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Yom Kippur Break Fast Kugel

Words by Arthur Schwartz | This is the noodle pudding my maternal grandmother, Elise Binder Sonkin, made to break the fast on Yom Kippur. We ate it only that one time during the whole year. So rich, it is certainly not the best thing to eat after an entire day of fasting, but we did and still do.

It is not a sweet pudding, but we did eat it as a last course, if not dessert. After the table was cleared and the first round of dishes was washed, we went on to coffee, cakes, and pastries. Before the kugel, we ate pickled herring with “wine” sauce and cream sauce, platters of smoked whitefish, sable, and kippered salmon (also called baked salmon), cream cheese, Munster and Swiss cheeses, egg and tuna salads, sliced tomatoes and cucumbers, bagels and other breads—basically what used to be considered the quintessential New York Jewish Sunday breakfast or brunch, the festive family breakfast that my family did indeed indulge in when we all lived together in one house in Brooklyn.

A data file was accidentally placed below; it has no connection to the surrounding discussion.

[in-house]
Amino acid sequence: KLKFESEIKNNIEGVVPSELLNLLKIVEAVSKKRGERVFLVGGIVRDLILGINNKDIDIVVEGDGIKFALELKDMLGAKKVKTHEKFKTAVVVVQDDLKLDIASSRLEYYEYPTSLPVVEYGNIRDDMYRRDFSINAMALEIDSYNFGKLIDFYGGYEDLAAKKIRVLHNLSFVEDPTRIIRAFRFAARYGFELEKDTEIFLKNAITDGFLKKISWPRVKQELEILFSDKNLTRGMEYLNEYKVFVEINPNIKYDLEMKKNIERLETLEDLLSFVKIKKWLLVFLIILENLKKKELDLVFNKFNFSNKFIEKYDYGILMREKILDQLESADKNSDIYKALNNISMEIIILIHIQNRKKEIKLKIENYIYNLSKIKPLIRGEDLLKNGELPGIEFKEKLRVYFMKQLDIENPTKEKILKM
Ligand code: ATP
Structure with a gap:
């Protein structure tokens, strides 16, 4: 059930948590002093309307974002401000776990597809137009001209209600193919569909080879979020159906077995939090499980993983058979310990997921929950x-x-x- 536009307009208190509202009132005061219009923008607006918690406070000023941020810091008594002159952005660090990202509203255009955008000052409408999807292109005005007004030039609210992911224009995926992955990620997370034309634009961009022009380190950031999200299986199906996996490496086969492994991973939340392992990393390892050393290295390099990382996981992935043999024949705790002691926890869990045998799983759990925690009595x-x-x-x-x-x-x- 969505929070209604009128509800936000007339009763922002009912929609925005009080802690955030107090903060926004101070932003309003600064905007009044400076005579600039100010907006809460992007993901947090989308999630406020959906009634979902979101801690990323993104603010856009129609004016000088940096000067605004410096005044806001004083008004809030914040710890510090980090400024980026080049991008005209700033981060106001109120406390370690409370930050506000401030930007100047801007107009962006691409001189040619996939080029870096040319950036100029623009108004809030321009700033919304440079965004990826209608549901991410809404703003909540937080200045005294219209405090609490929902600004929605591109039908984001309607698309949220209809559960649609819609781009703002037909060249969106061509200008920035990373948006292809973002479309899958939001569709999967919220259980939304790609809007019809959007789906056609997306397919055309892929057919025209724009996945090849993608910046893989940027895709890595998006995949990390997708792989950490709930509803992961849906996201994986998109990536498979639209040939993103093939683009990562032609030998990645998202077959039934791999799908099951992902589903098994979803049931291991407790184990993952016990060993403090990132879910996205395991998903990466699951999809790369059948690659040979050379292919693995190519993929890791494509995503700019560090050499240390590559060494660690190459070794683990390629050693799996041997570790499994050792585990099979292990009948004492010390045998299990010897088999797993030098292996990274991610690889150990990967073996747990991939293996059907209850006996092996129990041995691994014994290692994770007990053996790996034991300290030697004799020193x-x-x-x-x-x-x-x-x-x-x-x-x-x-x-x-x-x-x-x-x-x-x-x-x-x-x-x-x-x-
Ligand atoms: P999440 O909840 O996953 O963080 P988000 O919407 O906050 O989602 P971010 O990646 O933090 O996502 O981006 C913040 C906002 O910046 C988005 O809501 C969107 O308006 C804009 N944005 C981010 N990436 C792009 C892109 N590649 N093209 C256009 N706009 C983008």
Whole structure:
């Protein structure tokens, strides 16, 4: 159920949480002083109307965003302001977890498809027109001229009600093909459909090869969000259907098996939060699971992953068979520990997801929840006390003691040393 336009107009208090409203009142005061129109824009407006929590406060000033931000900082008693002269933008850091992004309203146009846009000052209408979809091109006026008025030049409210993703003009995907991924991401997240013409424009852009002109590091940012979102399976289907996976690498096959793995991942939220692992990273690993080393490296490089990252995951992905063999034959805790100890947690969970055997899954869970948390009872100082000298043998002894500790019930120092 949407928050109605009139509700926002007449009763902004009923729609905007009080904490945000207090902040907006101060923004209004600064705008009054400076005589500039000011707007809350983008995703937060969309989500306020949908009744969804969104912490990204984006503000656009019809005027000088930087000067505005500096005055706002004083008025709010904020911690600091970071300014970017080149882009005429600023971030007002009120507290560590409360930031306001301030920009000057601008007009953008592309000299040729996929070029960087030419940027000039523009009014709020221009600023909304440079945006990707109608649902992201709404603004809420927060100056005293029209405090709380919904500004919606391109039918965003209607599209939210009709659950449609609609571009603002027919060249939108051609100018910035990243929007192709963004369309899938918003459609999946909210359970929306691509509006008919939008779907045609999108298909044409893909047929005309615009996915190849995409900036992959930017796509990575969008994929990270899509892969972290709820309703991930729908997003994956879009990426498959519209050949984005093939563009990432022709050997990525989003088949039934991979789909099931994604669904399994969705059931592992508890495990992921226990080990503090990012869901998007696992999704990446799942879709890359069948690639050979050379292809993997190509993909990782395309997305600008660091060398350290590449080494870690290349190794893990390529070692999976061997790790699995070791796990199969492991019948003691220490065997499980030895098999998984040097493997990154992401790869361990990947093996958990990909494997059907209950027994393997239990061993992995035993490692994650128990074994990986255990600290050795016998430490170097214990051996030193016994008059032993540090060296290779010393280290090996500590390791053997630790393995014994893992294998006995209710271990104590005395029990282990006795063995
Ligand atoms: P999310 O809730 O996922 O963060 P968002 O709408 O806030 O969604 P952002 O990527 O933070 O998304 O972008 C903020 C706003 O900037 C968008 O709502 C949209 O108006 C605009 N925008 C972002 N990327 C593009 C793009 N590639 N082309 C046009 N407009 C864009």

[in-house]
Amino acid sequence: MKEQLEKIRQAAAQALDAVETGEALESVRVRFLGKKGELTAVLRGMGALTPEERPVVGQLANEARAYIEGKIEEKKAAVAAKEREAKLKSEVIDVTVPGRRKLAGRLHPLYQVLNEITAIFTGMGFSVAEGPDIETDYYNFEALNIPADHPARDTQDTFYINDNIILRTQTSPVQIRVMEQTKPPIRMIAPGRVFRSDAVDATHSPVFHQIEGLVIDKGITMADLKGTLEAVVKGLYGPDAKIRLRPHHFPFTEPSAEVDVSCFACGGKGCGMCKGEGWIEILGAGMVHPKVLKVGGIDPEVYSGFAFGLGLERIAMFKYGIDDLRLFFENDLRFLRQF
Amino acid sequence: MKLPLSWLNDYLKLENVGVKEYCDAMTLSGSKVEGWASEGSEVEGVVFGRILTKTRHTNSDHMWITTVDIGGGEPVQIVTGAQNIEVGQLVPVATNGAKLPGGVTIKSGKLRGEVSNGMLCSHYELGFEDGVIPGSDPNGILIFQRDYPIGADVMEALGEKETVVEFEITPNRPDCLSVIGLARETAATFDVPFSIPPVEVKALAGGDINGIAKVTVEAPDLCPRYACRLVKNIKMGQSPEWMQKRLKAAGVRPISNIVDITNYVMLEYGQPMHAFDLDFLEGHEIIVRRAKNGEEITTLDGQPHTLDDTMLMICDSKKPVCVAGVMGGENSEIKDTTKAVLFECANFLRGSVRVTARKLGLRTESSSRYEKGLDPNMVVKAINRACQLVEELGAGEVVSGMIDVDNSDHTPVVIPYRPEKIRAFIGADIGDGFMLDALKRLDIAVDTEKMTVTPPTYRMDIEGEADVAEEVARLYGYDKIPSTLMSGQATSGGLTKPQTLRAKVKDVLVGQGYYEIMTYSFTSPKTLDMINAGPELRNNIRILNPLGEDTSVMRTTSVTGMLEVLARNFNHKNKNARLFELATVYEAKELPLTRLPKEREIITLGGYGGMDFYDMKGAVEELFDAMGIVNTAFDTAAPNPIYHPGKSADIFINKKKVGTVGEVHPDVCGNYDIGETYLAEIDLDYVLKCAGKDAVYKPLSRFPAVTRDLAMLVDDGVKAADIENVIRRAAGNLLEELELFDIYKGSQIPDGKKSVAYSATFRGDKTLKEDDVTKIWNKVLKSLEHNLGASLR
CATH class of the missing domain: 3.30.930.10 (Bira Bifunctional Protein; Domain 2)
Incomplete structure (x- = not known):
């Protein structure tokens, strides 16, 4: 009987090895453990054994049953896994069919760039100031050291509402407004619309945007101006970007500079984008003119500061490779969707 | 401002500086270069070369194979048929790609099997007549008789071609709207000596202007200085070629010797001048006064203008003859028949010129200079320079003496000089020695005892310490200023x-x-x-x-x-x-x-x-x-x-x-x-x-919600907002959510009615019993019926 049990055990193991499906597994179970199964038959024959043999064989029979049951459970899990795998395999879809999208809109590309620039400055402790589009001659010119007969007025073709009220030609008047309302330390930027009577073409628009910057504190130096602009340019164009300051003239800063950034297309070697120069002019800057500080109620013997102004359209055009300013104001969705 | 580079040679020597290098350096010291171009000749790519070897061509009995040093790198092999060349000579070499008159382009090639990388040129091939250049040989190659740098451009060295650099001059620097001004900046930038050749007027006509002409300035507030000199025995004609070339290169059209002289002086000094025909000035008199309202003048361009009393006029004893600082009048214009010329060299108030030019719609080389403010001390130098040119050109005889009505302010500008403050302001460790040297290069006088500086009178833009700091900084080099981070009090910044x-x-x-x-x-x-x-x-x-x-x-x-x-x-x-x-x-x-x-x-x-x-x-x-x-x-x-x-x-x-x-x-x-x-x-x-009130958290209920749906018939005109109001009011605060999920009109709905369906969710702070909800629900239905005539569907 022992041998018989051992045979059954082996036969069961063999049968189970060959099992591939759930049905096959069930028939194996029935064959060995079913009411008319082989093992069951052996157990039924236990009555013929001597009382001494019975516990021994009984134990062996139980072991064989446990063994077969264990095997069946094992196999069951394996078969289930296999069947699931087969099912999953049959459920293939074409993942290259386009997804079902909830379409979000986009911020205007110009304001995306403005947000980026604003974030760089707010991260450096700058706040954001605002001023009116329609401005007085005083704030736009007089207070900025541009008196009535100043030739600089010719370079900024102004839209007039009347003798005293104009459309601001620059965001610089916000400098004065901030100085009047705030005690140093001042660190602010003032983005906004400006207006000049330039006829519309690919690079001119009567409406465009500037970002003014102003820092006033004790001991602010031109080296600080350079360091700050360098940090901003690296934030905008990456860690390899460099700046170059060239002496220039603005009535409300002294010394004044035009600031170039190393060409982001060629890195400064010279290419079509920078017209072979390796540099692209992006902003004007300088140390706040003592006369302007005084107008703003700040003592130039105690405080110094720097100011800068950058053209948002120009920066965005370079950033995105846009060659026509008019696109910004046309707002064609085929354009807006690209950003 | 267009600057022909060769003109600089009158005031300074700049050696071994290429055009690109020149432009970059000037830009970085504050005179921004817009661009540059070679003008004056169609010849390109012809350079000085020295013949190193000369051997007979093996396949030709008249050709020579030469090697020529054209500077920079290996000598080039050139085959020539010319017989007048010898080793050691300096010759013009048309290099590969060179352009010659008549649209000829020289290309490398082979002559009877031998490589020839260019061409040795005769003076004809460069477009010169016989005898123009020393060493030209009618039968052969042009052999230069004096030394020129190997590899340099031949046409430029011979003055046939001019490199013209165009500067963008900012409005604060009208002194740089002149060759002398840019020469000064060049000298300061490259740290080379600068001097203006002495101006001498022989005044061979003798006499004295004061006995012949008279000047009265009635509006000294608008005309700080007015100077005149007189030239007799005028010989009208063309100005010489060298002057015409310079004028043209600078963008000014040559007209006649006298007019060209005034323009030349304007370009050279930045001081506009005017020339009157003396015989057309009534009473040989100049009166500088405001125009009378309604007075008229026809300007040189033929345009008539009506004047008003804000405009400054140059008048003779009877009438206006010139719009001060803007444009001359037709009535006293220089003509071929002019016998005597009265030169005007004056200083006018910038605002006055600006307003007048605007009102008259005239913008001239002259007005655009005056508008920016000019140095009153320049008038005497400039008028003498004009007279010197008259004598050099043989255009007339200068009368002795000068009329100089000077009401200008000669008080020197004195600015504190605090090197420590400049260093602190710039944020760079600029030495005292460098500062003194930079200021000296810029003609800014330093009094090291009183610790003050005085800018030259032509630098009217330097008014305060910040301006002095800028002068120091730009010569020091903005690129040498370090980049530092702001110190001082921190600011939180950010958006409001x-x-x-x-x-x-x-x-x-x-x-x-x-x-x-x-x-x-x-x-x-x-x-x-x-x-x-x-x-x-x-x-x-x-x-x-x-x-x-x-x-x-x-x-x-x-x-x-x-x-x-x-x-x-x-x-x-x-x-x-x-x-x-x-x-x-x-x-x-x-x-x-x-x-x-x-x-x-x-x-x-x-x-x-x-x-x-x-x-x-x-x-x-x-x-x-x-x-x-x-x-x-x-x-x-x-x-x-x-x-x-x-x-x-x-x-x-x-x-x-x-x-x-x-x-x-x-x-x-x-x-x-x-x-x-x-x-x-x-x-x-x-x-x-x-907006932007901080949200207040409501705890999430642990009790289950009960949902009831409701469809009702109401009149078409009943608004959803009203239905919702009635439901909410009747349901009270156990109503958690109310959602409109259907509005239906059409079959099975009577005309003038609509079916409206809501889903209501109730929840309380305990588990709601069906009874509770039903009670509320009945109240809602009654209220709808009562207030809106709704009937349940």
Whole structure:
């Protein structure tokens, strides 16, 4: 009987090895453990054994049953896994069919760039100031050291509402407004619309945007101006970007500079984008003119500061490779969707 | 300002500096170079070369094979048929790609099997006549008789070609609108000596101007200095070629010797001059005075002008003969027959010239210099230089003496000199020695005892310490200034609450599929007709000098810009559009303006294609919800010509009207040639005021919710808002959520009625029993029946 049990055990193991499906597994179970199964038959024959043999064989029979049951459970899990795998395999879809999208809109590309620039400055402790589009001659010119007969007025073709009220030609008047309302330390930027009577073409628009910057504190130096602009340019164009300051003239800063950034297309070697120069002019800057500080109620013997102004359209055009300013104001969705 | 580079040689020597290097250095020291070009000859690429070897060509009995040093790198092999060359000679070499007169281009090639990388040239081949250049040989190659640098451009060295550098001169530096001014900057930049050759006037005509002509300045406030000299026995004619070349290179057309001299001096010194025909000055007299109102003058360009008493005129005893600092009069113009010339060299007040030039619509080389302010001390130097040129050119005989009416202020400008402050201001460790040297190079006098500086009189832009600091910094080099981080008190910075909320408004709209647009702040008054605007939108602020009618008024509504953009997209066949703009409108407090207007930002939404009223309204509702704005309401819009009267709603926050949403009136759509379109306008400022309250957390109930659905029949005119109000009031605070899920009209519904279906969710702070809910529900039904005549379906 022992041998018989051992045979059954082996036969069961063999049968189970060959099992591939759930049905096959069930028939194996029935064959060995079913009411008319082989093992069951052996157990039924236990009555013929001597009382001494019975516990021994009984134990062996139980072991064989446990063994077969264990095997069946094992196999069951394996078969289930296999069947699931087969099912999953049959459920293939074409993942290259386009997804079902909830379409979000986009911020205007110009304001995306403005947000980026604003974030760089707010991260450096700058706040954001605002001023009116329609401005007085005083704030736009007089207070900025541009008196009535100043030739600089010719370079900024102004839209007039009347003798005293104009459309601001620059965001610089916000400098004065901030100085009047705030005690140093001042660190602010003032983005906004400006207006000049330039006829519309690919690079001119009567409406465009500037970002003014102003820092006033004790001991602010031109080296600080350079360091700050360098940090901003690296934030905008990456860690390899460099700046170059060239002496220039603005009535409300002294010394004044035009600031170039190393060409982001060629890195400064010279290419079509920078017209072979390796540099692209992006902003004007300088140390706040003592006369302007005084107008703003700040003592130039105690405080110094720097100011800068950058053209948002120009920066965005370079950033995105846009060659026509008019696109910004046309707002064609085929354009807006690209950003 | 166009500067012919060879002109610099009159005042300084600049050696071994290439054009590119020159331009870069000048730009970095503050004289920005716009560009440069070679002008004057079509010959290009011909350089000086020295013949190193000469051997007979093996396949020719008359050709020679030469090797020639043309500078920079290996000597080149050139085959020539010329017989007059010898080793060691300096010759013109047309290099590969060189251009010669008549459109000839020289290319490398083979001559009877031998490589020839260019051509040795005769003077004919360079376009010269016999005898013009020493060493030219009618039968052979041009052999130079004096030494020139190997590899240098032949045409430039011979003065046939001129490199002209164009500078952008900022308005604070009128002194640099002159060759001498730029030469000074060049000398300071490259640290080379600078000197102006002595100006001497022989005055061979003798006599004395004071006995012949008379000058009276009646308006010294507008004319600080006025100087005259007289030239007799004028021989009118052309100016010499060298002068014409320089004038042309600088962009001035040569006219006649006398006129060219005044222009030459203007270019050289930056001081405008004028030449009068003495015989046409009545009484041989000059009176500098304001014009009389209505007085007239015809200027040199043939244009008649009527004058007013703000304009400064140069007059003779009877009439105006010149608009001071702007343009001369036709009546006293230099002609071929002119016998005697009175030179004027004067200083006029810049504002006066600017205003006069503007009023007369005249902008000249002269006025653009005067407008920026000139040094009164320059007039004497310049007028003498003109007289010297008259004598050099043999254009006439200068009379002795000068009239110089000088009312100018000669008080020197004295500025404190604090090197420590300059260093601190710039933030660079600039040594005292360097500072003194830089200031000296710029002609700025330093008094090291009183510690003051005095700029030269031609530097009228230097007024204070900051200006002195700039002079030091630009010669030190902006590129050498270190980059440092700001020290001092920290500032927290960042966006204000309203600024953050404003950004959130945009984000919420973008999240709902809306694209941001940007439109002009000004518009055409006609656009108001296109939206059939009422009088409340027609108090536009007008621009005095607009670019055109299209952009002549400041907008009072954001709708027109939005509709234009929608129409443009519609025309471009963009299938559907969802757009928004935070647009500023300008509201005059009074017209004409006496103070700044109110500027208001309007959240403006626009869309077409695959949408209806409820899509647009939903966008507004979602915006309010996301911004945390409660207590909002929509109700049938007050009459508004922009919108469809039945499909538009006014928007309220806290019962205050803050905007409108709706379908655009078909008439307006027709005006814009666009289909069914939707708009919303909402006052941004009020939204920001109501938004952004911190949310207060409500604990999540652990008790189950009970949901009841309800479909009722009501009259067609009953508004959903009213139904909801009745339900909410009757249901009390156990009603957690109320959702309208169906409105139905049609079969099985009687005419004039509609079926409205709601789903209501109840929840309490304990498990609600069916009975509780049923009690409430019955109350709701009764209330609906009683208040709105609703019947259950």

This is the original kugel recipe with its full quotient of butter, but you can reduce that ingredient from three sticks to two. Relatively dry, large-curd pot cheese may be difficult to find, although I now see that Friendship has reintroduced it to the supermarket—but you can substitute large curd cottage cheese if need be. To further reduce the fat content, you can substitute low-fat sour cream for full-fat. Naturally, if you go for every possible fat reduction, it won’t be the same recipe and I can’t guarantee it will give the same pleasure.

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